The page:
The winners of the 1986 Los Angeles Times Book Prizes converge--in effect, if not by design--on the distinctly contemporary theme of oppression.
Geoffrey Hosking concludes his history of the Soviet Union with praise for the Soviet peoples' "remarkable capacity for . . . arranging their lives so as to steer round and even passively resist the oppressive regime which rules them."
But his praise reads a bit differently when set alongside Margaret Atwood's celebration of one woman's struggle to remember freedom after a theocratic coup d'etat in the United States.
Oppression is as omnipresent as it is grotesque in the South Africa of Joseph Lelyveld's "Move Your Shadow." And yet, when apartheid falls, then what?
The question is one that, in a way, poet Derek Walcott has already addressed. Born in the Caribbean Afro-America, Walcott asks: "I who have cursed / The drunken officer of British rule, how choose / Between this Africa and the English tongue I love?" The old oppressor vanquished, a new one arises, to be fought in unlikely ways, by unlikely people.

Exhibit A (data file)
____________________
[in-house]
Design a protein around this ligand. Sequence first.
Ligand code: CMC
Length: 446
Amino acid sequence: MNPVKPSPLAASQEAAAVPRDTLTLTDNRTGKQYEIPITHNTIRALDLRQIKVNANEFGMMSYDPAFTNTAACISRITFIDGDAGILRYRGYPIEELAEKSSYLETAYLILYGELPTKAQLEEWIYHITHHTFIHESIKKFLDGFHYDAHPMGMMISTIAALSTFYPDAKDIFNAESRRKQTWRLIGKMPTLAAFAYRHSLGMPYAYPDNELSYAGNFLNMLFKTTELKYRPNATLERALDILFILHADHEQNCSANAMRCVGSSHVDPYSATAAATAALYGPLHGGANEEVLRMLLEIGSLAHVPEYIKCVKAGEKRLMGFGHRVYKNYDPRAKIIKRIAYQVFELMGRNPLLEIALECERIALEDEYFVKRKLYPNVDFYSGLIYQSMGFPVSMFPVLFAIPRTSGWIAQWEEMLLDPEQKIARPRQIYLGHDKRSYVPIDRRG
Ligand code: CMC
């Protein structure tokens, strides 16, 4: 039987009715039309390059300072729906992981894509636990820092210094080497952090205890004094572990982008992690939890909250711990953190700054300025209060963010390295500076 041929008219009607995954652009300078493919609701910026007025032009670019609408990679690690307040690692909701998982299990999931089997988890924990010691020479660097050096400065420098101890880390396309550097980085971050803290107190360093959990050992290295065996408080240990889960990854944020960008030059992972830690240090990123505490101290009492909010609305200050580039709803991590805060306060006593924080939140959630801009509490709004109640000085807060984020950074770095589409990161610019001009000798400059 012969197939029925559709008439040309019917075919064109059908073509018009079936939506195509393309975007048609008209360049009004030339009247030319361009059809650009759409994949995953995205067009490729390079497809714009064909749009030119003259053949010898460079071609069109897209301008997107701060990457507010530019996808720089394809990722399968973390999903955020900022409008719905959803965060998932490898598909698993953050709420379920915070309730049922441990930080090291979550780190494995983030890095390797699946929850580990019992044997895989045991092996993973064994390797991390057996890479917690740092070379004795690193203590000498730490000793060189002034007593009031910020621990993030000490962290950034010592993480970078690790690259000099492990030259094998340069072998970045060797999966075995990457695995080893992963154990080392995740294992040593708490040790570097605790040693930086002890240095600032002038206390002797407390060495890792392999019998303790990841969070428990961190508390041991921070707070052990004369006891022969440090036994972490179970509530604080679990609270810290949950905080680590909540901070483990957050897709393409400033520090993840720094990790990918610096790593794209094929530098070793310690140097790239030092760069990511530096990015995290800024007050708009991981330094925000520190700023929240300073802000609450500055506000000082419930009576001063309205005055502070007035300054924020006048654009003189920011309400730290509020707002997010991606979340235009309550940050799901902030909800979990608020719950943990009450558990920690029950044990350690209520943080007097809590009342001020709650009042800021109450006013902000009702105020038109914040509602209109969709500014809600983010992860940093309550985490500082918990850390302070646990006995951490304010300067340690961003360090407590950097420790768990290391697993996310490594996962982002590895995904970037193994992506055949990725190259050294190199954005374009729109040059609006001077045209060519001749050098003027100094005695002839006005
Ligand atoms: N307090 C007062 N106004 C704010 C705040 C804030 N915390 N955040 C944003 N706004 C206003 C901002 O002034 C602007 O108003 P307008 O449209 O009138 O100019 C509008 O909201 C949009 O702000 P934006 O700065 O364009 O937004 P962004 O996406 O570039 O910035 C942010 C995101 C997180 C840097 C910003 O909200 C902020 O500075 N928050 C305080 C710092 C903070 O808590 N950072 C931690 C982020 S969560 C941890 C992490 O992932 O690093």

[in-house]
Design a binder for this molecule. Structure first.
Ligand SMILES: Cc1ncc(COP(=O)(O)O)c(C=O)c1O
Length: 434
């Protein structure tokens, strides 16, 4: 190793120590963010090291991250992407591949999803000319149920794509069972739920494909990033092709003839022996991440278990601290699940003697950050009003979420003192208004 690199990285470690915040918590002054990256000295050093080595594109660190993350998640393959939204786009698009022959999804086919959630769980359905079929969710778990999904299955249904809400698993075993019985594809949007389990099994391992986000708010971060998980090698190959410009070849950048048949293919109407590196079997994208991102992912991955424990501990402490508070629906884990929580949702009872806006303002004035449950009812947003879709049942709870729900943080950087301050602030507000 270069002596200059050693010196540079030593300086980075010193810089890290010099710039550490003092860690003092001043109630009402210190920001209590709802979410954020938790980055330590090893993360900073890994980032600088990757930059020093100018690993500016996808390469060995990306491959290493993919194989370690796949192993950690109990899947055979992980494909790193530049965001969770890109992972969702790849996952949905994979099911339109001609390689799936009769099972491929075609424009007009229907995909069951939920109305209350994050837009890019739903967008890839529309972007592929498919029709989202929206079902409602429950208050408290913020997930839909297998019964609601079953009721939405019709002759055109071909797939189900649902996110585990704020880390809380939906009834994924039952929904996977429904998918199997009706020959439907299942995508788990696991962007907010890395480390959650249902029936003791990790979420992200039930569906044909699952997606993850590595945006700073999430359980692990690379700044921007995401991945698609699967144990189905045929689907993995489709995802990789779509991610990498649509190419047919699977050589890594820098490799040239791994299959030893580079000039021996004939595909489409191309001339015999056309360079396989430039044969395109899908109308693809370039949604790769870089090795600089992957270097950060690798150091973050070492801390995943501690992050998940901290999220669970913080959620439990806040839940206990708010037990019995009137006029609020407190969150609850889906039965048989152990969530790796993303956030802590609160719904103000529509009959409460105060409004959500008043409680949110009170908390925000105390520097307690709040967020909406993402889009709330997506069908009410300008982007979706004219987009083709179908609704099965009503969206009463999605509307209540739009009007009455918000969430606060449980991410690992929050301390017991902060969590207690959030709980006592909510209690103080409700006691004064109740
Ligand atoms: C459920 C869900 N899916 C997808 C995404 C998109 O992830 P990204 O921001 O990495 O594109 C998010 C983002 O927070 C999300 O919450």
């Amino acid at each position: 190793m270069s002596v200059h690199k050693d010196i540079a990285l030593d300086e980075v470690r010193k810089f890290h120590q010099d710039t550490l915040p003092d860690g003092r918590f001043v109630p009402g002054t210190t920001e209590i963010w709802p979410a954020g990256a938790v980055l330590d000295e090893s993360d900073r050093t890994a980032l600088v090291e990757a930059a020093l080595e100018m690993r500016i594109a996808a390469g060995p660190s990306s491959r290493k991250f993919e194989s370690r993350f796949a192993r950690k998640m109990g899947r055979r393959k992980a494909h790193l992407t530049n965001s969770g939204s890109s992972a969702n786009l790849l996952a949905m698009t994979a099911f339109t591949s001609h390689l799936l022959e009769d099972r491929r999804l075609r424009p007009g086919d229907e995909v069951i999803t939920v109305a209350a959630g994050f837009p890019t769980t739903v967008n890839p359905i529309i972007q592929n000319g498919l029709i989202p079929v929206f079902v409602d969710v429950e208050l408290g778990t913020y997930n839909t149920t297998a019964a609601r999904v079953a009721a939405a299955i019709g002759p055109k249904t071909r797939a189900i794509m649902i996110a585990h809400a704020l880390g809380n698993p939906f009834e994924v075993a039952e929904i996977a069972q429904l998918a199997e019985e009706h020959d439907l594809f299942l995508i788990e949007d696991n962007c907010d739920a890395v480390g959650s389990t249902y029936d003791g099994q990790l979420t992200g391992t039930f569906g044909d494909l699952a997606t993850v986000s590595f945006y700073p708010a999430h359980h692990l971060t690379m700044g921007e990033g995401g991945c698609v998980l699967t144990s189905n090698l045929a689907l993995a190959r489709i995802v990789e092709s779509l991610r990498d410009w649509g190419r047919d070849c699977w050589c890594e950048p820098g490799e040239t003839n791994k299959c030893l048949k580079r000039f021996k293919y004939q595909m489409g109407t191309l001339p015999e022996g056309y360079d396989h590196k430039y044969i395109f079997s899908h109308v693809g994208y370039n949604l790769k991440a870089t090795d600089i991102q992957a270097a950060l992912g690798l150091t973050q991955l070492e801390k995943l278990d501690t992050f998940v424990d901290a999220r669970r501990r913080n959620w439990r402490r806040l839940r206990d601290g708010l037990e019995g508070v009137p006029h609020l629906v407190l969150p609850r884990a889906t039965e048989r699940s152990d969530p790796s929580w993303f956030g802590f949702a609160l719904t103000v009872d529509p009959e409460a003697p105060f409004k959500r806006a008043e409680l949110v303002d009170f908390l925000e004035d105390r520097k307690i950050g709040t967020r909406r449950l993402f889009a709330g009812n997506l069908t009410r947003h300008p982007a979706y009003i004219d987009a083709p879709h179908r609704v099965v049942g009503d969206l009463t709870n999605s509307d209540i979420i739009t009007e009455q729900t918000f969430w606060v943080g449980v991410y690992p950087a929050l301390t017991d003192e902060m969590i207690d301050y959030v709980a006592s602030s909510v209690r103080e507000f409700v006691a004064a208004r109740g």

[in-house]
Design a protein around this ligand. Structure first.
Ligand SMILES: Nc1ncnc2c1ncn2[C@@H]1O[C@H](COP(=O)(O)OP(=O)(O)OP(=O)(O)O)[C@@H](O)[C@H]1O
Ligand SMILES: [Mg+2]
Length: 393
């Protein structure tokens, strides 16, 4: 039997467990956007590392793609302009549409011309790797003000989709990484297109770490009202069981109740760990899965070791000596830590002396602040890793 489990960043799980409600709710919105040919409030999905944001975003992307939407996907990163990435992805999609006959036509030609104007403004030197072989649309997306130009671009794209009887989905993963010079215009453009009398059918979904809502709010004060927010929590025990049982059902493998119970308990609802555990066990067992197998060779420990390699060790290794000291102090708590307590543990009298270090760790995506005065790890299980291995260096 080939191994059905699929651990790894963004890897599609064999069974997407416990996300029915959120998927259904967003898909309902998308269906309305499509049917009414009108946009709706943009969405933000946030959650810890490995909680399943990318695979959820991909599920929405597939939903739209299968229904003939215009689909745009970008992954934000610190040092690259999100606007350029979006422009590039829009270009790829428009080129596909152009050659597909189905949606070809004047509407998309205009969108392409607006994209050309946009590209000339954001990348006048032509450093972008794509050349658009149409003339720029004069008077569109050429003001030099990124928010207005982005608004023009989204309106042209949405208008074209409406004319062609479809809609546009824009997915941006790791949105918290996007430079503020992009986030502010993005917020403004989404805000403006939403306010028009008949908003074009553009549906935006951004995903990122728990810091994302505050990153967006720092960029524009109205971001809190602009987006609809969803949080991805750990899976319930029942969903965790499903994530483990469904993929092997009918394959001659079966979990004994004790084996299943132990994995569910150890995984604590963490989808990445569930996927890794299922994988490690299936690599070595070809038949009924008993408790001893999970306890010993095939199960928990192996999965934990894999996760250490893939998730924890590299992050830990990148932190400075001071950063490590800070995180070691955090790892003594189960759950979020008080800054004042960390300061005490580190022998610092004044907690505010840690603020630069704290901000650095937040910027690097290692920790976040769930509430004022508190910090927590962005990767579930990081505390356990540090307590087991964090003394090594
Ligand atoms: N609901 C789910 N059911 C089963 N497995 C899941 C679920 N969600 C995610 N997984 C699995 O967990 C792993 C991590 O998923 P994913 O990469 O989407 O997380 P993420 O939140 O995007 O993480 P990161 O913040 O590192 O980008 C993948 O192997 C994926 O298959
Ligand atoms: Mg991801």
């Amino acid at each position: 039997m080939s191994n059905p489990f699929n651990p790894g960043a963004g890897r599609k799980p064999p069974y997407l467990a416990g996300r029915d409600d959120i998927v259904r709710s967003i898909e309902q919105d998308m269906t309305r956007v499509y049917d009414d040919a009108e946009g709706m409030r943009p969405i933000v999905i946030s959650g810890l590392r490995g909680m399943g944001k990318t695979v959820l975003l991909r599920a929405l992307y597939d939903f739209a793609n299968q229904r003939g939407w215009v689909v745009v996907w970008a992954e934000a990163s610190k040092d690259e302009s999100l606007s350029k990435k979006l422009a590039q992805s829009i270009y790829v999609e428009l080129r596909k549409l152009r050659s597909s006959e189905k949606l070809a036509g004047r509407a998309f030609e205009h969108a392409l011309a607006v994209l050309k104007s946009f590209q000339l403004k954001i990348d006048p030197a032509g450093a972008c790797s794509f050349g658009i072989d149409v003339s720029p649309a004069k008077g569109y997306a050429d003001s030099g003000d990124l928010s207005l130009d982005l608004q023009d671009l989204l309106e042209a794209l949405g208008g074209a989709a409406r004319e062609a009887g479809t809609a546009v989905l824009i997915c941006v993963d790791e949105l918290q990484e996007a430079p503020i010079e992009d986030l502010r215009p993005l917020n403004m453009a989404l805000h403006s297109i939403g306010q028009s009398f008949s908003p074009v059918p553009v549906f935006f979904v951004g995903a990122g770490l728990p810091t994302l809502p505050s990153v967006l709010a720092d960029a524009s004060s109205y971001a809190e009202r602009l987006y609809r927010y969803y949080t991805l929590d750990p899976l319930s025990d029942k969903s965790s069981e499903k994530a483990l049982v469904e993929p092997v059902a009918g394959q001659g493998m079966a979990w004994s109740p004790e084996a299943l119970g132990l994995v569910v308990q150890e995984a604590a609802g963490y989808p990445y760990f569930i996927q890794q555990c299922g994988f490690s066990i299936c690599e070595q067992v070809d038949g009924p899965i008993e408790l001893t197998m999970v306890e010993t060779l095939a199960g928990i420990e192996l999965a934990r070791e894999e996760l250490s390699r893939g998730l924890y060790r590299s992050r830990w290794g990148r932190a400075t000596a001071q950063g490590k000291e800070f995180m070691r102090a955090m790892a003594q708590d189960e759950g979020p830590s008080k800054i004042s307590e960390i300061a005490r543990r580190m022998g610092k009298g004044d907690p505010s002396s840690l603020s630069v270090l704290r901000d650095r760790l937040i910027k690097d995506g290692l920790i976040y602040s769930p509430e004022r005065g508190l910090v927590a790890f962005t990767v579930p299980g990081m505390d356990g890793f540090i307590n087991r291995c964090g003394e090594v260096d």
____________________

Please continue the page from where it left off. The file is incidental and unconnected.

Alexander Pope was such an unlikely person, a hunchback heretic in a country nearly as theocratic as the one Atwood imagines. Pope, as Maynard Mack shows us, unhorsed his high-horse opponents with a laugh, denying them what they needed most: the pomp of their moral superiority.
That's what it takes to hold oppression at bay: One must be poet and politician by turns. One must know when to sit in the dust and tell stories, and when to rise to one's full height and denounce.
Kay Boyle, winner of this year's Robert Kirsch Award--a poet, a story-teller, a political journalist and more--knows how to do both. From her example and from that of the other winners on this year's roster, we take inspiration and instruction in equal measure.